Mrs Seaton's Letter
to the
Boys and Girls

 

 

Dear Boys and Girls,


It was just getting dark and was already windy and raining. The hens were beginning to roost, but one difficult hen still picked away at bits of corn on the grass, and kept well away from the henhouse. “Shoo, shoo,” cried the little barefoot girl, “you know it's time to go to roost; and I'm in a hurry – shoo!” With a loud squawk, the hen scuttled round the back of the henhouse and wouldn't come out. “Well, stay there! I'll go and get the lantern while you make up your mind,” said the girl.


She then went into a tidy tool-shed, but on taking the lantern down found that the catch was broken. “Dear me, everything is going wrong tonight when I am in such a rush,” she said; “now hurry up little hen or I'll lock you out for the night!” At last she got the hen into the henhouse and then fastened the door. “Now, what can be done about the lantern?” she puzzled. She then ran out of the gate and a little way down the hill until she came to a little farm cottage. “Mr. Williams, would you kindly lend me your lantern tonight? The latch of ours is broken.” “Why, it's Mary Jones,” said the man, “of course you can have the lantern; I suppose you are going off to the meeting tonight.” Mary quickly got the lantern from Mr. Williams and raced off home.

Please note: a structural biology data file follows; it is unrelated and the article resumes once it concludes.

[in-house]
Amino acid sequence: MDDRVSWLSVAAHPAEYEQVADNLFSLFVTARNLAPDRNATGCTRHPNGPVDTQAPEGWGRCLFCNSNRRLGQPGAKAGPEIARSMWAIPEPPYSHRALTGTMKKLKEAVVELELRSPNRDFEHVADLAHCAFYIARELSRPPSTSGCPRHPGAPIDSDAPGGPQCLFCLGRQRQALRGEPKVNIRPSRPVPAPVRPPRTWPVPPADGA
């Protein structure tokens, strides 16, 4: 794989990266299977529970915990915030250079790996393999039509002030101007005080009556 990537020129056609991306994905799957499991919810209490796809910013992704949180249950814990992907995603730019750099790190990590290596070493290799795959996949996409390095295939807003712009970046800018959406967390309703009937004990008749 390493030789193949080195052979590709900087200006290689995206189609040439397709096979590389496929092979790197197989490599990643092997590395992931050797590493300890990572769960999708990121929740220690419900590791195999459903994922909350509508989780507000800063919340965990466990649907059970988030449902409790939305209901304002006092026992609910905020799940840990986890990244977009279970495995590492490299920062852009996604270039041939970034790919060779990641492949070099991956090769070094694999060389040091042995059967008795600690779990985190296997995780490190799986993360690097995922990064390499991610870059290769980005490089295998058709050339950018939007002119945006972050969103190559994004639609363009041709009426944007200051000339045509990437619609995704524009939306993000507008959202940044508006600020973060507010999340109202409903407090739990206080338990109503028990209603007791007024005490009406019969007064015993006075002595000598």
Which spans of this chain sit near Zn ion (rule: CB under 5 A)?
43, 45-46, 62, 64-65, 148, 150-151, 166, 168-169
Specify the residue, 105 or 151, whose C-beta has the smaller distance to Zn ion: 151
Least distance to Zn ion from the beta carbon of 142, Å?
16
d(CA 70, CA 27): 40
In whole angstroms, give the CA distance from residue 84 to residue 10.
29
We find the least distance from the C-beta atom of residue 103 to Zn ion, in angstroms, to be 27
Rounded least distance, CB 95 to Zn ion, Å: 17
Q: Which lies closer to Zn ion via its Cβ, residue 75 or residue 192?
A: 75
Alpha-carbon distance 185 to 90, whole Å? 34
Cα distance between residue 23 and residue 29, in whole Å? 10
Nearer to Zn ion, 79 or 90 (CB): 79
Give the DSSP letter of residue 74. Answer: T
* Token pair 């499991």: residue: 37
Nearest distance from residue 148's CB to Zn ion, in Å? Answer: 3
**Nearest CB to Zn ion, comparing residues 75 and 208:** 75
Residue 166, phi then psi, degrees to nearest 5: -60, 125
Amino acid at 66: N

“Where have you been child?” her mother asked her when she got back “we certainly shall be late tonight.” When Mary explained about the hen and the lantern her mother said, “We could have done without the lantern.” “Yes, but then I could not have come with you,” said Mary, “for the people would have said that there was no need for me to come if I had no lantern to hold for you, and I do want to be at the meeting and hear all I can from God's Word; I do wish I had a Bible of my own.” With these words on her lips, this little eight-year old girl went off to the meeting with her mother.


Well, boys and girls, I wonder do you go off to church, or Sunday school, or Bible class with the same eagerness as this little girl. She was hungry to know more and more from God's word, and her great desire was to have a Bible of her own. She eventually got one, but not before she had many adventures and had overcome many obstacles. You can read the rest of her story in a book called “Mary Jones and her Bible”. I hope some of you, if not all, think it worthwhile to read the book. In the meantime, learn a lesson from Mary, and seek out and study the Bible. Remember the words of the psalm, “Thy word is a lamp unto my feet and a light unto my path.”


Yours Sincerely

Mrs. Seaton